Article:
VietNamNet Bridge - Certain groups of farmers might as well find it agreeable when large volumes of farm produce are en route to China via the border trade, from rubber and pepper to cassava, from pork to fowls and eggs, and from shrimp and fish to sugar, almost all but the dragon fruit for now and certain other types in the recent past. Chinese traders are offering good prices for farmers, and then take all back to the neighboring country amidst outcries from local enterprises over the severe shortage of materials for their processing.
Local media puts the phenomenon on high alert, publishing scores of articles on the Chinese rush for farm produce, citing trade associations’ concerns over the huge damage to local processors as well as viewpoints from experts demanding better control of the situation.
For the immediate future, aggressive Chinese buying of farm produce is beneficial for farmers, as they can earn higher profits from their cultivation. From an overall perspective, however, national interests are at stake. And it needs remedy.
Thanh Nien says Chinese traders now skip local agents as they approach farmers directly, offering a better price. In several localities in Gia Lai Province for instance, the volume of pepper sold to Chinese traders accounts for half of output. That is also the case for eggs, whose demand is rising as the Mid-Autumn Festival is coming closer. Pham Thi Huan, CEO of Ba Huan Co. Ltd. as the largest supplier of fowl eggs on the local market, says on Thanh Nien that Chinese traders are fighting directly with local enterprises for eggs from farmers. Local traders say the volume of eggs bought from farmers in the Mekong Delta has tumbled by 30% to 40%.
Nguyen Thi Thu Sac, vice chairwoman of the Vietnam Association of Seafood Exporters and Producers (VASEP), complaints on Nguoi Lao Dong that Chinese traders have vied intensely with local processors for fisheries, besides other commodities.
Also according to the paper, Chinese traders have bought as much as 20% of Vietnam’s pepper output, 70% of natural rubber, and some 70,000 tons of sugar in the last two months alone.
Vietnamese enterprises are in an inferior position in competing with Chinese traders for farm produce, as foreign traders enjoy a zero tariff when exporting most agricultural commodities to China while local rivals are subject to taxes in their production.
Nguyen Thi Thu Sac from VASEP says that the shortage of raw fishery materials has pushed many local factories closer to bankruptcy. In the year to date, nearly 150 local processors have shut down business due to the problem, she notes on Nguoi Lao Dong. Furthermore, the national interest is also at risk as Vietnam may lose its export markets to rivals when local enterprises do not have materials for production to meet overseas orders, says Pham Tat Thang, an expert with the Trade Research Institute, on Dat Viet.
Local media also points the finger at local enterprises, saying they are partly to blame for the current shortage of materials due to the lack of cooperation with farmers.
“The key point is that farmers do not have trust in local enterprises, who also nurture a short-term vision, rushing to buy materials upon scarcity but pushing down prices upon ample supply,” Phap Luat quotes Vo Tri Thanh, deputy director of the Central Institute for Economic Management. He suggests that local traders work closely with farmers for mutual benefits, and the problem will be settled.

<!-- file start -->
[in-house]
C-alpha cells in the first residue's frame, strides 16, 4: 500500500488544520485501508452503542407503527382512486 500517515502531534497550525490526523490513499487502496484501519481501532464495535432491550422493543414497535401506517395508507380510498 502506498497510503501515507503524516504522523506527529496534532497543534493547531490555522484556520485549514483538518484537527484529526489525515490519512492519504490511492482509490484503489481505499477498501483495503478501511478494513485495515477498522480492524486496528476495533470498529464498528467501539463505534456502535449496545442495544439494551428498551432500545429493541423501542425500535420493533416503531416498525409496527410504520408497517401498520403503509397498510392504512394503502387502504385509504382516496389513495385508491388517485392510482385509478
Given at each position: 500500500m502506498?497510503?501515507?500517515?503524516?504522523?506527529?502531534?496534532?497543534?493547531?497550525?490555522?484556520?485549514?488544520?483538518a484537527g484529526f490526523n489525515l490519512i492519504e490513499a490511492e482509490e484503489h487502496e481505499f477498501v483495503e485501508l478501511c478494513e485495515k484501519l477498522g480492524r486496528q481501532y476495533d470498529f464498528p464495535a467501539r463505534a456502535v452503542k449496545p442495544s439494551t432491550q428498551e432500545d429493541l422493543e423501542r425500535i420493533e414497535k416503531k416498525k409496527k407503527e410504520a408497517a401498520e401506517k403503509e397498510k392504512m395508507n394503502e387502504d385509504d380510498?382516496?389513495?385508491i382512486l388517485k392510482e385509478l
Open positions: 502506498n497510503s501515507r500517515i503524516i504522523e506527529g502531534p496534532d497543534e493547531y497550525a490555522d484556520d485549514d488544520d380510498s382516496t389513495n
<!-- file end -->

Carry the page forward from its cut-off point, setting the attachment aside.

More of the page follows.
Farmers when selling their agricultural products to traders care the least about problems that may occur to local enterprises, nor do they mind how trade with China might bring about mishaps. But Vietnamese traders as well as State agencies should memorize the bitter lessons, and the most basic lesson in business is “never put all eggs in one basket,” say experts.
Nguyen Minh Phong of the Hanoi Institute for Socio-Economic Development says on Thanh Nien that if exports are concentrated on a single market, then risks will emerge.
Le Dang Doanh, a well-known economist, echoes the point, saying on the same paper that the concentration will result in both risks and disadvantages for the local economy. However, due to Vietnam’s big trade deficit with China, “we have managed to boost exports to this market and thus have led to this concentration.”
Nguyen Dinh Cung, deputy director of the Central Institute for Economic Management, observes that the heavy reliance on the Chinese market for Vietnam’s farm produce has existed for over ten years now, but the problem has not been properly attended to.
Big risks have repeated themselves, year in year out, especially when it comes to farm produce exported to China. Still fresh in Vietnamese traders’ memory are big volumes of vegetable, water melon, banana and other fruits that were sold to Chinese traders at extremely low prices or even were dumped as rubbish when long lines of trucks loaded with such farm produce waited in vain at border gates to enter China.
Still fresher in our mind is the dragon fruit, whose price in the key growing region of Binh Thuan has crashed to a mere VND4,000 a kilo now after staying high above VND20,000 last month, as Chinese traders learned of the bumper crop. The mishap may repeat soon with Vietnam’s litchi, as the harvest will peak soon.
“The story of cassava should serve as a lesson,” says Nguyen Tri Ngoc, head of the Cultivation under the agriculture ministry. “Chinese traders offered a high price, and farmers rushed to grow this crop en masse. And upon the bumper crop, Chinese traders refused to buy,” Ngoc is quoted on Phap Luat.